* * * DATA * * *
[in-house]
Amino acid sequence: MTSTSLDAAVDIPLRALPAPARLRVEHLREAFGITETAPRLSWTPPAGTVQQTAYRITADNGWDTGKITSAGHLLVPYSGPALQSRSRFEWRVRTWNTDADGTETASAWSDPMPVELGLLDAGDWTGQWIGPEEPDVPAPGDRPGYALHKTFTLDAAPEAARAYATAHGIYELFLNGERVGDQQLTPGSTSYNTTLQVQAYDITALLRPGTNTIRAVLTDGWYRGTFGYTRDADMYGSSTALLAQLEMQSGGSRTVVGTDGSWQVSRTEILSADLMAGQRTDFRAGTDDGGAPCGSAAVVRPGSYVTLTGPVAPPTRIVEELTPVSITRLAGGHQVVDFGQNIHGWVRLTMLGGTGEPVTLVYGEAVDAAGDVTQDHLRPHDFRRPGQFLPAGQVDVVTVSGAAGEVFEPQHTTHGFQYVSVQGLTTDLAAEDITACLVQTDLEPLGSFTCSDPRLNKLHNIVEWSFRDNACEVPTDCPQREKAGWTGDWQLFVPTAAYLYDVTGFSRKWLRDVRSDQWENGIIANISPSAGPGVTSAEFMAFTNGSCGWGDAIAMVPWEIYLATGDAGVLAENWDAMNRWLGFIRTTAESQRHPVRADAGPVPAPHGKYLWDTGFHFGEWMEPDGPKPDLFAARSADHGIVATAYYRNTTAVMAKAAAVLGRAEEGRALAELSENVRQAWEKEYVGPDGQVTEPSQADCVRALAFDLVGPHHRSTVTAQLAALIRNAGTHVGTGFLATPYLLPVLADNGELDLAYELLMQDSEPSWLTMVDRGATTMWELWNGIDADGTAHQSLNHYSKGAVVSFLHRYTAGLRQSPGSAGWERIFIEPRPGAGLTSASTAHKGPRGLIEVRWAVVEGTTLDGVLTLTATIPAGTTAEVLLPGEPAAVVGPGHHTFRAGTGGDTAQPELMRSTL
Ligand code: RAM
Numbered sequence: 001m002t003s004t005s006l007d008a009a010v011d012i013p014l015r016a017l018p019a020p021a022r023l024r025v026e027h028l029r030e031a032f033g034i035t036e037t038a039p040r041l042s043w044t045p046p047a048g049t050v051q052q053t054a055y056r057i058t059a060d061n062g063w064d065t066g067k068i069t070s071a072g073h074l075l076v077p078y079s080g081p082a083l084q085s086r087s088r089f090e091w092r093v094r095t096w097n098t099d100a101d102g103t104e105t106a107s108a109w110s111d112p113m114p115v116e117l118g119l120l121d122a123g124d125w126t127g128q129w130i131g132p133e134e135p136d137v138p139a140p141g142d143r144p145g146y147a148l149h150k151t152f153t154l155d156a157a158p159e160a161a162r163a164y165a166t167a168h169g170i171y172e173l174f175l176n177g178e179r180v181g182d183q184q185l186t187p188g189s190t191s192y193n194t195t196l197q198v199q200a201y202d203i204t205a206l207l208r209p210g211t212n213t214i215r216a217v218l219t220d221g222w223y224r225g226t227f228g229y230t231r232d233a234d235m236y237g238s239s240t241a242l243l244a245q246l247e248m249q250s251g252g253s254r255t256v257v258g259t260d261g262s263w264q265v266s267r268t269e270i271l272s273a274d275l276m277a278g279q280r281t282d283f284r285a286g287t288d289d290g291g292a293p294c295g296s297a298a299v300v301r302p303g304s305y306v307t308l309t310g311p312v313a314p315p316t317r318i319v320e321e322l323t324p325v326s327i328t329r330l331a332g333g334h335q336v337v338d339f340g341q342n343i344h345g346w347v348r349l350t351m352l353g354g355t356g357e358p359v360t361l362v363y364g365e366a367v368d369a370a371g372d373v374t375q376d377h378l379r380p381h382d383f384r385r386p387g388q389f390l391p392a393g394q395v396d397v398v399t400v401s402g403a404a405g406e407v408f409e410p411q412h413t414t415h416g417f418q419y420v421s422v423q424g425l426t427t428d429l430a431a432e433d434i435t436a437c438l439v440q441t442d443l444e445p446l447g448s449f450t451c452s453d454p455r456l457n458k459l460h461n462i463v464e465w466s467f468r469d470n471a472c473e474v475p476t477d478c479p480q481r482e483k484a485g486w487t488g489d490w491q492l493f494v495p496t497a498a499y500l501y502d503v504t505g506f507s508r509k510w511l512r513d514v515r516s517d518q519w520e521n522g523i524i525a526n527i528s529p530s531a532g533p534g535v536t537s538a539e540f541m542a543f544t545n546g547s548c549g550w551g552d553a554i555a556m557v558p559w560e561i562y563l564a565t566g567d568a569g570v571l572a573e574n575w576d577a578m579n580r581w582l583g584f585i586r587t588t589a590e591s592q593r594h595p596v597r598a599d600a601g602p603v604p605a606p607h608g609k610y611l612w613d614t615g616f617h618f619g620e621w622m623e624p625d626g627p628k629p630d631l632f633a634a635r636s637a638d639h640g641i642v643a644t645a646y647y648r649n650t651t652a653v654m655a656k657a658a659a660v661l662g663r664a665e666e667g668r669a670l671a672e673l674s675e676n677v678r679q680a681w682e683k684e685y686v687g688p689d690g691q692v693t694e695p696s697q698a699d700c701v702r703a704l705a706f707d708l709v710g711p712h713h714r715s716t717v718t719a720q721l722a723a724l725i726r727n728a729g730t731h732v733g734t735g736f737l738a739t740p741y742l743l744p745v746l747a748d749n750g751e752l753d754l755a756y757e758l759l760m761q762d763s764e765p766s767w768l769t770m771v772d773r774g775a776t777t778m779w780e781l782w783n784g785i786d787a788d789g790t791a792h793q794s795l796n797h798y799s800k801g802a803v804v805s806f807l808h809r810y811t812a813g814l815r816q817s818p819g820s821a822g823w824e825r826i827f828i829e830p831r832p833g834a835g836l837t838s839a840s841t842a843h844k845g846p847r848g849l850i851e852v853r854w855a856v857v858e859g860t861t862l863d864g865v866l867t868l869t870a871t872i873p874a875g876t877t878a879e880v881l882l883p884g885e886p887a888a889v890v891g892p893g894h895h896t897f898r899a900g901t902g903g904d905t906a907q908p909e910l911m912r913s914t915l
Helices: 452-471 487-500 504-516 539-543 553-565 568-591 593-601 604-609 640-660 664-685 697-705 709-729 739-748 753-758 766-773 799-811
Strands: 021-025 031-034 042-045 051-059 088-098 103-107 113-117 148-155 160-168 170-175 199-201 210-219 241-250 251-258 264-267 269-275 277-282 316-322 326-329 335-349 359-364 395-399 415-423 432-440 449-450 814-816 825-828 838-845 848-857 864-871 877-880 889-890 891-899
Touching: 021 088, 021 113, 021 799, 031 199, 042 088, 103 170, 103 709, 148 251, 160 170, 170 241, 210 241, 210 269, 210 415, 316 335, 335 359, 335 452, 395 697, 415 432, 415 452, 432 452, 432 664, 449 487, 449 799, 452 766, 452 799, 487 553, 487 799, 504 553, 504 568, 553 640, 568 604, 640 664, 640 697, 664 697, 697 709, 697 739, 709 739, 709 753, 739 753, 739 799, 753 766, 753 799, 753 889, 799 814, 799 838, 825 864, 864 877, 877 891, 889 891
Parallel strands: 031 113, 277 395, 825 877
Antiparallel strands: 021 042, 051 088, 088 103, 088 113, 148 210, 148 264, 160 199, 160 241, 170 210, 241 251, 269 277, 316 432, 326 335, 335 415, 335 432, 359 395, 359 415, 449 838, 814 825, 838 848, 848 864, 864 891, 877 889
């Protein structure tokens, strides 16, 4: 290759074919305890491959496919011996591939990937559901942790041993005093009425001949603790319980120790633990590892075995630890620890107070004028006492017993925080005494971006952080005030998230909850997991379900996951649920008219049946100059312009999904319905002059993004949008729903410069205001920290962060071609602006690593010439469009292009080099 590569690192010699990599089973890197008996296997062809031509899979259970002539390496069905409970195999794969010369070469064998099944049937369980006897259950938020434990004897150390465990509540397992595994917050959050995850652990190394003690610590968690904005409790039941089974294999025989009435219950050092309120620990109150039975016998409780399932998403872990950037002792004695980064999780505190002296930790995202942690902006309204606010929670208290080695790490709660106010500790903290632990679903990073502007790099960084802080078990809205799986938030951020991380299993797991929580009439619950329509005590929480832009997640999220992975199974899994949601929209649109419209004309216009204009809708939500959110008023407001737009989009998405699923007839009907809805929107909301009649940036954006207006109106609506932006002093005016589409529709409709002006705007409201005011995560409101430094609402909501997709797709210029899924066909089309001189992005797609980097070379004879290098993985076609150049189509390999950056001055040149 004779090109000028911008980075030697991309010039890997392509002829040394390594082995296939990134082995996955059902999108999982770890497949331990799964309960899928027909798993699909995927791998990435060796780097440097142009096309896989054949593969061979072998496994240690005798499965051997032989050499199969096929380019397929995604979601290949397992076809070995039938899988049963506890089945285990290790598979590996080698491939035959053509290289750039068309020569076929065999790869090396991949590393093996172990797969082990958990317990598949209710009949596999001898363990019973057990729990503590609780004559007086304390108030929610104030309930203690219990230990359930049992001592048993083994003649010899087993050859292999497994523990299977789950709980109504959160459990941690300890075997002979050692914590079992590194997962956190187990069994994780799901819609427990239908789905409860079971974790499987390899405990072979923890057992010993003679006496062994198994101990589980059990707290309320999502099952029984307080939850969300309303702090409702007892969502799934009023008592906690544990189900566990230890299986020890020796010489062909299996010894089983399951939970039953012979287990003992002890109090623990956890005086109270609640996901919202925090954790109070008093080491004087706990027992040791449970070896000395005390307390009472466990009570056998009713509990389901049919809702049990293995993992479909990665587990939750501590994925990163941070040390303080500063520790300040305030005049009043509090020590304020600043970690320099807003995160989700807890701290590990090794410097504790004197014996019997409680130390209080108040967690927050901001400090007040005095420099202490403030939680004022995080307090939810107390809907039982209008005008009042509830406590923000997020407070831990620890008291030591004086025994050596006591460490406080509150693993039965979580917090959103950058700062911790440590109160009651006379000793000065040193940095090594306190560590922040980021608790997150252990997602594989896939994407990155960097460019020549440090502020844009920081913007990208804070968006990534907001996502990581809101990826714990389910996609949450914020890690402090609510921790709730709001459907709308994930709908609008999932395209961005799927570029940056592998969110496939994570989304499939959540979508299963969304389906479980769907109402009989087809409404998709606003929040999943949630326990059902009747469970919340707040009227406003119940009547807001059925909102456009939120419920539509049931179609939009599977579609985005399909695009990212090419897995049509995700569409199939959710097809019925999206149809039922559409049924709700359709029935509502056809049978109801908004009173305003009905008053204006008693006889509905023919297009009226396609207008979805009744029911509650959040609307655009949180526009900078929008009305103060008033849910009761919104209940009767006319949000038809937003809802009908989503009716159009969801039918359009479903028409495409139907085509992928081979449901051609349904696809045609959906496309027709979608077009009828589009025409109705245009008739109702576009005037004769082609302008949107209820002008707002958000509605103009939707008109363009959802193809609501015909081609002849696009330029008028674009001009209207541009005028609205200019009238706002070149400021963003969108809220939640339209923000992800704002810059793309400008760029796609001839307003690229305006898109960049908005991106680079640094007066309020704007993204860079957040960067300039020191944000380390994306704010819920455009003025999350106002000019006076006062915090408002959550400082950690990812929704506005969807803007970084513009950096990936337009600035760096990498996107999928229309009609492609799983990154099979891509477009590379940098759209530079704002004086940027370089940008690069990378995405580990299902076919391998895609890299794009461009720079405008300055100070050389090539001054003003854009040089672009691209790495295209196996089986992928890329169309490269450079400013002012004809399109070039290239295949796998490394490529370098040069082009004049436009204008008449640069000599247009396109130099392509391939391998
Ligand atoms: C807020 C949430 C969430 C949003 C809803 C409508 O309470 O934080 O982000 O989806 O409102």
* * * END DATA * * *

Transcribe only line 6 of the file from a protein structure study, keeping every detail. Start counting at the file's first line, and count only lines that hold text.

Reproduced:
Strands: 021-025 031-034 042-045 051-059 088-098 103-107 113-117 148-155 160-168 170-175 199-201 210-219 241-250 251-258 264-267 269-275 277-282 316-322 326-329 335-349 359-364 395-399 415-423 432-440 449-450 814-816 825-828 838-845 848-857 864-871 877-880 889-890 891-899